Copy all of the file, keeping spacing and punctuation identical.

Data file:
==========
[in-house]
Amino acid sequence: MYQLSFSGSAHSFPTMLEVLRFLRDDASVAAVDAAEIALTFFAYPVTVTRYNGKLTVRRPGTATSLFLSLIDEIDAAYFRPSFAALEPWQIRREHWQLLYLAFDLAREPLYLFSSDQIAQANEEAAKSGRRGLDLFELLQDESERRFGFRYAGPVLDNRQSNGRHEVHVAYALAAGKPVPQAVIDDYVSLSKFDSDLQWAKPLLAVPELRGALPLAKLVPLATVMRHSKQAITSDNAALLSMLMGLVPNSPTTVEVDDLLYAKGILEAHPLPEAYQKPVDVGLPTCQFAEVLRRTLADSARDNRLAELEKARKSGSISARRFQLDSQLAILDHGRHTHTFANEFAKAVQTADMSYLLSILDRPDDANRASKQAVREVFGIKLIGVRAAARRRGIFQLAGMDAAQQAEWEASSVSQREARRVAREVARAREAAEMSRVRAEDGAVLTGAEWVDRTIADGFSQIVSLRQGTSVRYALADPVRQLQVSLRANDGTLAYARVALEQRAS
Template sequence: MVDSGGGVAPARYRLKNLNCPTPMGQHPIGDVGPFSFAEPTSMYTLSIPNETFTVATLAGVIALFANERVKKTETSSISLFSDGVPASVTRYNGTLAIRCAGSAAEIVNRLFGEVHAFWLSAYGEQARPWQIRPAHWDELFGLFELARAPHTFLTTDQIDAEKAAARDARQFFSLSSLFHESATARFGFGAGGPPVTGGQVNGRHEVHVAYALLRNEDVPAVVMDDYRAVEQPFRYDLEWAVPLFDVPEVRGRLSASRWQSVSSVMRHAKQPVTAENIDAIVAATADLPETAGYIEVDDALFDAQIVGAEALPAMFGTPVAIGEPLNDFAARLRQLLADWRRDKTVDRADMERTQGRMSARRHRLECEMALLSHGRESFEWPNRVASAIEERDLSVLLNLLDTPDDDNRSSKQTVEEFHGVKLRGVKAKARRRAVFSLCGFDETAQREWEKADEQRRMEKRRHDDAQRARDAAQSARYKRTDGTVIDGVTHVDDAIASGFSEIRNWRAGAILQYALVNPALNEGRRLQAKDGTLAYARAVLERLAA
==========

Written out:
[in-house]
Amino acid sequence: MYQLSFSGSAHSFPTMLEVLRFLRDDASVAAVDAAEIALTFFAYPVTVTRYNGKLTVRRPGTATSLFLSLIDEIDAAYFRPSFAALEPWQIRREHWQLLYLAFDLAREPLYLFSSDQIAQANEEAAKSGRRGLDLFELLQDESERRFGFRYAGPVLDNRQSNGRHEVHVAYALAAGKPVPQAVIDDYVSLSKFDSDLQWAKPLLAVPELRGALPLAKLVPLATVMRHSKQAITSDNAALLSMLMGLVPNSPTTVEVDDLLYAKGILEAHPLPEAYQKPVDVGLPTCQFAEVLRRTLADSARDNRLAELEKARKSGSISARRFQLDSQLAILDHGRHTHTFANEFAKAVQTADMSYLLSILDRPDDANRASKQAVREVFGIKLIGVRAAARRRGIFQLAGMDAAQQAEWEASSVSQREARRVAREVARAREAAEMSRVRAEDGAVLTGAEWVDRTIADGFSQIVSLRQGTSVRYALADPVRQLQVSLRANDGTLAYARVALEQRAS
Template sequence: MVDSGGGVAPARYRLKNLNCPTPMGQHPIGDVGPFSFAEPTSMYTLSIPNETFTVATLAGVIALFANERVKKTETSSISLFSDGVPASVTRYNGTLAIRCAGSAAEIVNRLFGEVHAFWLSAYGEQARPWQIRPAHWDELFGLFELARAPHTFLTTDQIDAEKAAARDARQFFSLSSLFHESATARFGFGAGGPPVTGGQVNGRHEVHVAYALLRNEDVPAVVMDDYRAVEQPFRYDLEWAVPLFDVPEVRGRLSASRWQSVSSVMRHAKQPVTAENIDAIVAATADLPETAGYIEVDDALFDAQIVGAEALPAMFGTPVAIGEPLNDFAARLRQLLADWRRDKTVDRADMERTQGRMSARRHRLECEMALLSHGRESFEWPNRVASAIEERDLSVLLNLLDTPDDDNRSSKQTVEEFHGVKLRGVKAKARRRAVFSLCGFDETAQREWEKADEQRRMEKRRHDDAQRARDAAQSARYKRTDGTVIDGVTHVDDAIASGFSEIRNWRAGAILQYALVNPALNEGRRLQAKDGTLAYARAVLERLAA